Sunday, 25 October 2015

White-rumped Sandpiper - Farlington Marshes, Hampshire

It was a fairly typical late October ringing session at Titchfield Haven this morning with just under 40 birds ringed. The bulk of the birds were Goldcrests but we also caught a few Chiffchaffs, Blackcaps and surprisingly several new Cetti's Warblers. I headed straight home after the session, but was soon back on the road and heading to Farlington Marshes as Pete Gammage had found a White-rumped Sandpiper. It was not a new bird for me, but I have not seen one for a while, and as it was just 15 minutes drive I wasn't going to pass up the opportunity of seeing another.

When I arrived the bird was settled in the grass along the stream and that is where it sat for about 10 minutes or so. It started to become a bit more active, stretched and then took flight heading high and south. We feared it was wasn't going to stop, but suddenly dropped down in the direction of The Deeps. We headed steadily around in the hope of getting some more views but our interest was temporarily diverted by a Short-eared Owl that was sat in full view in the middle marsh.

Short-eared Owl - Farlington Marshes

We eventually arrived at The Deeps, but the White-rumped was nowhere to be seen. The Deeps can be a difficult place to work as there are so many creeks and banks that are just not visible, so you can image how pleased we were when the bird suddenly dropped onto a spit in the middle of The Deeps. The bird was quite distant, and there was a fair bit of heat haze so the shots below are nothing more than record shots, but hopefully you get the idea.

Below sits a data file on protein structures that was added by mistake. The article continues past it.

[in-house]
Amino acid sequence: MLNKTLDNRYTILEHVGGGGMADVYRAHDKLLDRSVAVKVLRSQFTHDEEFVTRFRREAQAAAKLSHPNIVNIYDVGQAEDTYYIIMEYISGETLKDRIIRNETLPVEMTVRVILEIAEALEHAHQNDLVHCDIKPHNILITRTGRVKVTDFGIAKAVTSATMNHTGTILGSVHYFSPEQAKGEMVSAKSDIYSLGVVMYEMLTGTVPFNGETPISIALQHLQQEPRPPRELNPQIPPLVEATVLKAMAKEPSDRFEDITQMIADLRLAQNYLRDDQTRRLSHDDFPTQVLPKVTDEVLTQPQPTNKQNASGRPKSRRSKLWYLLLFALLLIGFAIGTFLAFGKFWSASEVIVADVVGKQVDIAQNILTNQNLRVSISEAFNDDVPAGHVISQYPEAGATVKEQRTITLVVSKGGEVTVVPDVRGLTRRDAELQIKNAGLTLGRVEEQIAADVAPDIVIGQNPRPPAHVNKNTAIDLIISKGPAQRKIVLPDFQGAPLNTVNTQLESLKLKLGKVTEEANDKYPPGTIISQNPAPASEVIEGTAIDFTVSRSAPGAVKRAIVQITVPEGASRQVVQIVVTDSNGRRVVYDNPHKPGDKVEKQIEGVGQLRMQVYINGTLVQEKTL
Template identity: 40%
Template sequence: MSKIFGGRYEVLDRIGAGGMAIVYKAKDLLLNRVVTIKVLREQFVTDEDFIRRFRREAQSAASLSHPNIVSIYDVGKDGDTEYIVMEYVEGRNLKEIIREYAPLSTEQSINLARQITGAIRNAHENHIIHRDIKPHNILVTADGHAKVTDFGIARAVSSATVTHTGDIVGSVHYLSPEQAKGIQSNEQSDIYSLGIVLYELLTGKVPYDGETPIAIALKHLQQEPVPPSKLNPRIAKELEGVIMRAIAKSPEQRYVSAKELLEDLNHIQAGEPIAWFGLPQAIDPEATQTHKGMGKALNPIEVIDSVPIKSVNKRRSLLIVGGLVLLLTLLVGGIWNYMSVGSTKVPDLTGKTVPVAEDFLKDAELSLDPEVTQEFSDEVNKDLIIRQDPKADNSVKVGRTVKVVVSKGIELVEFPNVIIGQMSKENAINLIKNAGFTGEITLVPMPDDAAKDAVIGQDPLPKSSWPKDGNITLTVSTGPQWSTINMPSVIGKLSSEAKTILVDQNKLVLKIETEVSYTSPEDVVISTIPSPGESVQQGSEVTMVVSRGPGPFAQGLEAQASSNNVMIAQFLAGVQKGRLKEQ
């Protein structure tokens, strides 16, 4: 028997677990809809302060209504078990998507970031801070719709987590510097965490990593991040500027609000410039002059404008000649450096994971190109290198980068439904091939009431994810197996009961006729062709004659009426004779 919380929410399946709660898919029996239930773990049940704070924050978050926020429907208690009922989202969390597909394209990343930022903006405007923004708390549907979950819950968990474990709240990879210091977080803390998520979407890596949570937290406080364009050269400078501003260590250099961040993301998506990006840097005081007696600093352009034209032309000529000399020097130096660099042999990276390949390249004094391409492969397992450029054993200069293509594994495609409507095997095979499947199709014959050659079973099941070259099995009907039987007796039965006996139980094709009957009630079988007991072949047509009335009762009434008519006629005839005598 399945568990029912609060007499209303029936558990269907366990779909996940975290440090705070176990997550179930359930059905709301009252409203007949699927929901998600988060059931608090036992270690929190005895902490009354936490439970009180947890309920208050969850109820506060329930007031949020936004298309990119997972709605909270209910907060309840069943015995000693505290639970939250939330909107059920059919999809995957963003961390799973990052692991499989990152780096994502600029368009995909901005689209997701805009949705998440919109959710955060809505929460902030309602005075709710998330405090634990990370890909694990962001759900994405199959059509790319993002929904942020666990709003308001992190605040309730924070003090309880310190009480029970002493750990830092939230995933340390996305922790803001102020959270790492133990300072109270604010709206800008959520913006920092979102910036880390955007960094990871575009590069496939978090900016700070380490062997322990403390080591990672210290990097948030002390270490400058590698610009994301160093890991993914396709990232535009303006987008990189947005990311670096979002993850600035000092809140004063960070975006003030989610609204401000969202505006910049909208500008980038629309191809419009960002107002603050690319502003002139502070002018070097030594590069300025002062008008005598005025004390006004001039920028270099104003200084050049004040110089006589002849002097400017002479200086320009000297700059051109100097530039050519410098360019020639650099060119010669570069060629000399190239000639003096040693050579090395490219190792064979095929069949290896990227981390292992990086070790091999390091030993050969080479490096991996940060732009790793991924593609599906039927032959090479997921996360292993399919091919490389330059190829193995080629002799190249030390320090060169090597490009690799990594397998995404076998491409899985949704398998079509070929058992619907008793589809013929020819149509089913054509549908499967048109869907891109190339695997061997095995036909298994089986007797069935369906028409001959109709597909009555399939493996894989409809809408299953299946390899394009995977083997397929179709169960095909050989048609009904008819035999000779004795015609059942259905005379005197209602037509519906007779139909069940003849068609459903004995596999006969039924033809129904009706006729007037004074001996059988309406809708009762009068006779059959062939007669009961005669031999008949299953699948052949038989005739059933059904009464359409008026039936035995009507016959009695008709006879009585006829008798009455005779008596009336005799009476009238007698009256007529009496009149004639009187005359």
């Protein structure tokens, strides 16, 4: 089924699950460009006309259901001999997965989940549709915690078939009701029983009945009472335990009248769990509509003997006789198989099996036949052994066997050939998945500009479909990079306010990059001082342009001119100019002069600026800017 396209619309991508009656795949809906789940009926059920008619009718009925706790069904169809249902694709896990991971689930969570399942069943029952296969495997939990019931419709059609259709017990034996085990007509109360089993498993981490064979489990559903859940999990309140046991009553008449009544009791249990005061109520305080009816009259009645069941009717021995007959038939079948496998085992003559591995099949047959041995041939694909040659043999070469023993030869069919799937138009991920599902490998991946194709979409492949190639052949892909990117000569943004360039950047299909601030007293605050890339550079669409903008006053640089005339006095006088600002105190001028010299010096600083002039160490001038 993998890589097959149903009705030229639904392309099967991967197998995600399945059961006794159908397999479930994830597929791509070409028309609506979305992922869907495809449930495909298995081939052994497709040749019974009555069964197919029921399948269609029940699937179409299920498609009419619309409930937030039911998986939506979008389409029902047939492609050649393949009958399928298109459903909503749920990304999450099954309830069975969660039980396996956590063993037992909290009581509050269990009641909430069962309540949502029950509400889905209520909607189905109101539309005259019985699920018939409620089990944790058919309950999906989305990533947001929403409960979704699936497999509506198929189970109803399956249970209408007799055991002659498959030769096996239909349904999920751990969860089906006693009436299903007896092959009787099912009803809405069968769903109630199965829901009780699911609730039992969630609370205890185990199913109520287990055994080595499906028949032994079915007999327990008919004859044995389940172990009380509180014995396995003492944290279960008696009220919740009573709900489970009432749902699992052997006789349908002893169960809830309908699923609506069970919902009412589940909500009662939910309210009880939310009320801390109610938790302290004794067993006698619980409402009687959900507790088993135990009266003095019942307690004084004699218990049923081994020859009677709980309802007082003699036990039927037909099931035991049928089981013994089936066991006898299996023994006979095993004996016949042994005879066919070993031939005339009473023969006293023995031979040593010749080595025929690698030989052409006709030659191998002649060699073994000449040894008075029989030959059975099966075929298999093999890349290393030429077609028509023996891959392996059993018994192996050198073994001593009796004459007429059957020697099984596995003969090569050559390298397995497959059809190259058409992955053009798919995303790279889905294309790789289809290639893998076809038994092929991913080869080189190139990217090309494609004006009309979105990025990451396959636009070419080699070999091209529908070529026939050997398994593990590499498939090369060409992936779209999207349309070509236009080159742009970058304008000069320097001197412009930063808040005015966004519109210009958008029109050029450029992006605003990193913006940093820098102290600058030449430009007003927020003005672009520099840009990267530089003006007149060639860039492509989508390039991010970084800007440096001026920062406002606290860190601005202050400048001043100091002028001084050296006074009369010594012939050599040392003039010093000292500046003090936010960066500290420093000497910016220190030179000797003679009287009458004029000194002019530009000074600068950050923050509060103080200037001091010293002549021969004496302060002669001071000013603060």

White-rumped Sandpiper - The Deeps, Farlington Marshes
White-rumped Sandpiper - The Deeps, Farlington Marshes
White-rumped Sandpiper - The Deeps, Farlington Marshes

This was the 19th record of the species in Hampshire; birds were recorded almost annually during the 1980's but in recent years the average is every 5 - 6 years. This was the sixth record for the species at Farlington Marshes, which is not surprising given the importance of the site for wading birds.

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